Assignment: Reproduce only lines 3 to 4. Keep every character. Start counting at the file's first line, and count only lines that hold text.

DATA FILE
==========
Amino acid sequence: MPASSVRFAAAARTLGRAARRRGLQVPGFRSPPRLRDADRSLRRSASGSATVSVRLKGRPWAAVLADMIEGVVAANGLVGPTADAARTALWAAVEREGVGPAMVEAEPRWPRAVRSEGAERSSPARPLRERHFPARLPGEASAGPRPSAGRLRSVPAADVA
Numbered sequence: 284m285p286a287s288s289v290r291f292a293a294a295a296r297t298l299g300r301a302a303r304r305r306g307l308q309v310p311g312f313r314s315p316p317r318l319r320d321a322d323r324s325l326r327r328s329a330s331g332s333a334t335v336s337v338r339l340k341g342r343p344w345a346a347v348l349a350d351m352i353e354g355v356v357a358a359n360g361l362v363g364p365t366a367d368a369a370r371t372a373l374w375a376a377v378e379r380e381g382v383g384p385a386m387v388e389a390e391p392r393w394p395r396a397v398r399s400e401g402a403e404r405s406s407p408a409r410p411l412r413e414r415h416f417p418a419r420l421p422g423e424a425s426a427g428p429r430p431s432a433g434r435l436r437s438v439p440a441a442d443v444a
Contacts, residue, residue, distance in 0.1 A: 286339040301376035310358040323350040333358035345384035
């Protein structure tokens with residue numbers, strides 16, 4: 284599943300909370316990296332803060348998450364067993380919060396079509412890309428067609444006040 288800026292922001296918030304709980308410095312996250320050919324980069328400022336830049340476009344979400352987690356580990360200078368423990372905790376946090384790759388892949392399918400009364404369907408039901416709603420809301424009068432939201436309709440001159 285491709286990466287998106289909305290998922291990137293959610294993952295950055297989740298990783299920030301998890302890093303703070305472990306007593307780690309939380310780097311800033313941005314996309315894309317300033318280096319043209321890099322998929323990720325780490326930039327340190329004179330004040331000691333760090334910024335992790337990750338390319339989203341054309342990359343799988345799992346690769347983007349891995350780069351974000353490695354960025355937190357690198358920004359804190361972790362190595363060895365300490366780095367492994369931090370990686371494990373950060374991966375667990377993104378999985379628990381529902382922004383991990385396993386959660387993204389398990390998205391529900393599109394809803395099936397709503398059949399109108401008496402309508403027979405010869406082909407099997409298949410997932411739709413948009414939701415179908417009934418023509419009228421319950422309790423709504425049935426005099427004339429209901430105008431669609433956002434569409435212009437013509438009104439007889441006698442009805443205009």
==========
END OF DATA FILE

Contacts, residue, residue, distance in 0.1 A: 286339040301376035310358040323350040333358035345384035
């Protein structure tokens with residue numbers, strides 16, 4: 284599943300909370316990296332803060348998450364067993380919060396079509412890309428067609444006040 288800026292922001296918030304709980308410095312996250320050919324980069328400022336830049340476009344979400352987690356580990360200078368423990372905790376946090384790759388892949392399918400009364404369907408039901416709603420809301424009068432939201436309709440001159 285491709286990466287998106289909305290998922291990137293959610294993952295950055297989740298990783299920030301998890302890093303703070305472990306007593307780690309939380310780097311800033313941005314996309315894309317300033318280096319043209321890099322998929323990720325780490326930039327340190329004179330004040331000691333760090334910024335992790337990750338390319339989203341054309342990359343799988345799992346690769347983007349891995350780069351974000353490695354960025355937190357690198358920004359804190361972790362190595363060895365300490366780095367492994369931090370990686371494990373950060374991966375667990377993104378999985379628990381529902382922004383991990385396993386959660387993204389398990390998205391529900393599109394809803395099936397709503398059949399109108401008496402309508403027979405010869406082909407099997409298949410997932411739709413948009414939701415179908417009934418023509419009228421319950422309790423709504425049935426005099427004339429209901430105008431669609433956002434569409435212009437013509438009104439007889441006698442009805443205009």